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Santa Monica City Council Approves Recommendation to Establish Public Safety Reform and Oversight Commission

January 13, 2021 8:54 AM

Santa Monica City Council Approves Recommendation to Establish Public Safety Reform and Oversight Commission

Following an extensive community engagement process, the Santa Monica City Council at its meeting last night took an additional step to advance racial equity and public safety reform by unanimously approving the creation of a Public Safety Reform and Oversight Commission, Santa Monica’s first civilian police oversight body. The Commission largely follows recommendations made by the Public Safety Reform Advisory Committee that convened in the summer of 2020.

The Public Safety Reform and Oversight Commission will promote, in partnership with the Santa Monica Police Department (SMPD), best practices in community-oriented policing for the fair treatment, safety, and wellbeing of all, and will work with SMPD and experts to recommend reforms to SMPD policies, practices, and handling of complaints regarding SMPD conduct.

“Public safety reform for Santa Monica has been a thorough and inclusive process at every step,” said Mayor Sue Himmelrich. “The structure for the Public Safety Reform and Oversight Commission reflects community recommendations and creates a sustainable model for meaningful civilian oversight and ongoing community engagement.”

The 11 members of the Commission will be appointed by the City Council and must be Santa Monica residents with a significant commitment to the public safety and wellbeing of the City and its community members and must have knowledge of or experience with law enforcement, public safety policies and issues, or social services policies and issues.  Members of the Commission would be required to receive training relevant to providing oversight of law enforcement and to the understanding of racial justice.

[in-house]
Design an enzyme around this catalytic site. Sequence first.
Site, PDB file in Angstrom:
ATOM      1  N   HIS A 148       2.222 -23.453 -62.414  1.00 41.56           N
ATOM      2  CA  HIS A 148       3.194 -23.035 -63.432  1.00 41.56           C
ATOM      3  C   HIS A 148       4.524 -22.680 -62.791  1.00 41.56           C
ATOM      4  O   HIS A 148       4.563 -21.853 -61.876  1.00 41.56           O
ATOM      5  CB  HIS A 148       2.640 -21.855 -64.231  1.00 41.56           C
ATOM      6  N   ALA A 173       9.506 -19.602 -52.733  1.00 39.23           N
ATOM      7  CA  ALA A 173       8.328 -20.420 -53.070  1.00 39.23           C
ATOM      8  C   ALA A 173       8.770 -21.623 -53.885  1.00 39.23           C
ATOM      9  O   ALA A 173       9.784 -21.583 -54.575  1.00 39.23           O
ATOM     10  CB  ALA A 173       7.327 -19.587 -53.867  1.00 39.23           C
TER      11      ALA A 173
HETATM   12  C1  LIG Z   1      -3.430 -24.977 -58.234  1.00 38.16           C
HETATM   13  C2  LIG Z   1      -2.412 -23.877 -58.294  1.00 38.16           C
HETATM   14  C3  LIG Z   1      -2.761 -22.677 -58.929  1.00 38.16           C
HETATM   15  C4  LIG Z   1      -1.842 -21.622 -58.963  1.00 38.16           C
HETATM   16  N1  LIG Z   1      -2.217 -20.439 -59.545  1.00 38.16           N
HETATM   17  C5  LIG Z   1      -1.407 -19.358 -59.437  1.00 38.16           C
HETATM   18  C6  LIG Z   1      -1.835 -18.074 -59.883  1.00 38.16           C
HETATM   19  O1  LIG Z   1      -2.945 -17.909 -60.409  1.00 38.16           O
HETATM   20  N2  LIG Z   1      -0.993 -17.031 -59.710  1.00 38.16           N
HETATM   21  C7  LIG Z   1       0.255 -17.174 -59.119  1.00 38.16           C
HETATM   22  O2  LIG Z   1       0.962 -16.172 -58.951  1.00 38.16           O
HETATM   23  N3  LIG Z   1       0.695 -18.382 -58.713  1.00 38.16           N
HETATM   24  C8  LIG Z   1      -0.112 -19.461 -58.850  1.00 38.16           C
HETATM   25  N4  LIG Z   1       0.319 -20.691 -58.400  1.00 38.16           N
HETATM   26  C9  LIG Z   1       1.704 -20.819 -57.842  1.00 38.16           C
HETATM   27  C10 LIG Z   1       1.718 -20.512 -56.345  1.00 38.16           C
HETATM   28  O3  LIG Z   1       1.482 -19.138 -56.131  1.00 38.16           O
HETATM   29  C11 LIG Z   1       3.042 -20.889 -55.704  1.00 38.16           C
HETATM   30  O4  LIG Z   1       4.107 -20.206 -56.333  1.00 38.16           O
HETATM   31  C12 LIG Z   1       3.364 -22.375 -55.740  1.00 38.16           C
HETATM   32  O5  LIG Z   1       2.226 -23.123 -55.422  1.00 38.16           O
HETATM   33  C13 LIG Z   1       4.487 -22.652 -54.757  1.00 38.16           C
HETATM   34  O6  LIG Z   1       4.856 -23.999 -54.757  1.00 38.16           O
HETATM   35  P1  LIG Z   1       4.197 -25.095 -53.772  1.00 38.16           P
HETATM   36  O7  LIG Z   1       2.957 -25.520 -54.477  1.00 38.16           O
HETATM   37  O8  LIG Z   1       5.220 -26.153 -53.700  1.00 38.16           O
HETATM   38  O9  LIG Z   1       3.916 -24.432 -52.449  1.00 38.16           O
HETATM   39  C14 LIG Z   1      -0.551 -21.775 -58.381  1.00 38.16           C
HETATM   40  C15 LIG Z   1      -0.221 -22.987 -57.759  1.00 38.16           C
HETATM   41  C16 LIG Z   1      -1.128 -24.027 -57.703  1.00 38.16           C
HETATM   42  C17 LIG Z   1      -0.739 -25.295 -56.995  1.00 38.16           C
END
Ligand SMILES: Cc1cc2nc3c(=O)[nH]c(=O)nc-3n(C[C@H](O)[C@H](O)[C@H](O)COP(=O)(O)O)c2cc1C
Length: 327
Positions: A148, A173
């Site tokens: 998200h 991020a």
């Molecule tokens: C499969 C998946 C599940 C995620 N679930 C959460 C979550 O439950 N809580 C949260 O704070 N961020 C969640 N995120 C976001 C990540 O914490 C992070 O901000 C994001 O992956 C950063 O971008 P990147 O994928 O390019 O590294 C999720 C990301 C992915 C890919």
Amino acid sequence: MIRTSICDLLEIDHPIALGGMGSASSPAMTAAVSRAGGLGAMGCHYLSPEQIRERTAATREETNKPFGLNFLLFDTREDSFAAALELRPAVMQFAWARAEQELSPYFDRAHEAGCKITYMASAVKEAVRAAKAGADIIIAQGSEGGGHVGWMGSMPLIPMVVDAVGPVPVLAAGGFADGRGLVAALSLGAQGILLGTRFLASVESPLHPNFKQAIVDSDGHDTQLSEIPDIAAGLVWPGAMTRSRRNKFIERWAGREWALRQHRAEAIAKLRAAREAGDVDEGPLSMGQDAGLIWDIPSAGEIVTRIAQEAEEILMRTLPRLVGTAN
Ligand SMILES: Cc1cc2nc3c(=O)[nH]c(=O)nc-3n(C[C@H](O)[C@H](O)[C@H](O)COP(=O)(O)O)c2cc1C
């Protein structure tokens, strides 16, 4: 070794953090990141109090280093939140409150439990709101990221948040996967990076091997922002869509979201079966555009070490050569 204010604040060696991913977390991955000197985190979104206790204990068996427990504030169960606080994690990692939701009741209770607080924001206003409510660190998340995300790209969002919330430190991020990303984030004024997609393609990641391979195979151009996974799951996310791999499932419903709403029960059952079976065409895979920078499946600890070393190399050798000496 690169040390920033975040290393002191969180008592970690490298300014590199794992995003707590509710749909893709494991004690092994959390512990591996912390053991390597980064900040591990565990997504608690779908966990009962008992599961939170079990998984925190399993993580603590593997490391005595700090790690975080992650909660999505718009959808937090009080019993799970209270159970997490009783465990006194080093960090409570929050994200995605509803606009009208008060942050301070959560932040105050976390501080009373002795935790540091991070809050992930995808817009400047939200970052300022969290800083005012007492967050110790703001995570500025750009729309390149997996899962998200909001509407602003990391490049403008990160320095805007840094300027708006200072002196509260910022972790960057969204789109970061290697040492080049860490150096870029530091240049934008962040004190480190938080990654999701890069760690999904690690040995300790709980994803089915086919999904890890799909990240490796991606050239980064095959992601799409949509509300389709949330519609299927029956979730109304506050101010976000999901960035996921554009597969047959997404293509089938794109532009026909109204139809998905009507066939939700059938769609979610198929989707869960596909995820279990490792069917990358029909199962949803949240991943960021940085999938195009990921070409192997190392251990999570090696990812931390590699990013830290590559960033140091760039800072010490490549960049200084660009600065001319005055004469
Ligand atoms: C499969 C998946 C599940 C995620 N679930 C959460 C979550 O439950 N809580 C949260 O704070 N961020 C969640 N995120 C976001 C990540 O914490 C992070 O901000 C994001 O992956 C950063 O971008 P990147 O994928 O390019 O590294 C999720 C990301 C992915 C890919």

The Commission will have the power and duty to:

  • Review and make recommendations regarding SMPD policies and practices;
  • Receive information relating to any violations of procedures or policies in connection with disciplinary investigations, proceedings, and actions, and make recommendations regarding any such violations;
  • Collaborate with the SMPD to sponsor and promote ongoing interaction and trust building between the SMPD and community members, including providing channels and opportunities for ongoing dialogue between the SMPD and community members in both organized and informal settings;
  • Promote transparency and availability to the public of SMPD data and records;
  • Collaborate with the SMPD and the community to promote restorative justice;
  • Evaluate and make recommendations regarding ideas for implementing best practices in community-oriented policing and reimagining public safety and wellbeing; and
  • Review and make recommendations regarding the proposed budget for the SMPD.

The Commission’s work will be facilitated by an Inspector General, an independent individual with the ability to view internal documents and provide data at the appropriate level to the Commission. The Inspector General would report to and receive direction from the Commission. The Inspector General would be retained through an outside entity as a professional services contractor retained by the City Manager’s Office, and would be funded through a reallocation from the SMPD budget.  In addition to the Inspector General, the Commission would receive support from a staff liaison from outside of the Police Department as well as from a Deputy City Attorney.

Within 150 days of the first official meeting of the Commission, the Commission shall prepare and present to the Police Chief, City Manager, and City Council a set of initial recommendations regarding proposed reforms for handling complaints regarding SMPD conduct, including proposed reforms for the intake, review, and investigation of complaints and the oversight of disciplinary decisions and policies.

The Commission will be required to provide written reports of its activities to the City Council at least every six months and at Council’s direction.

The Ordinance will return to Council for second reading and final adoption at its next meeting on January 26, 2021.  Following final adoption, City staff will solicit applications from community members interested in serving on the Commission.  The application period for the Commission will be widely promoted. For the latest information, sign up for our community newsletter at santamonica.gov/newsletter.

An additional milestone for public safety reform in Santa Monica was achieved yesterday with an update to the Santa Monica Police Department’s use of force policy, now available at santamonicapd.org.

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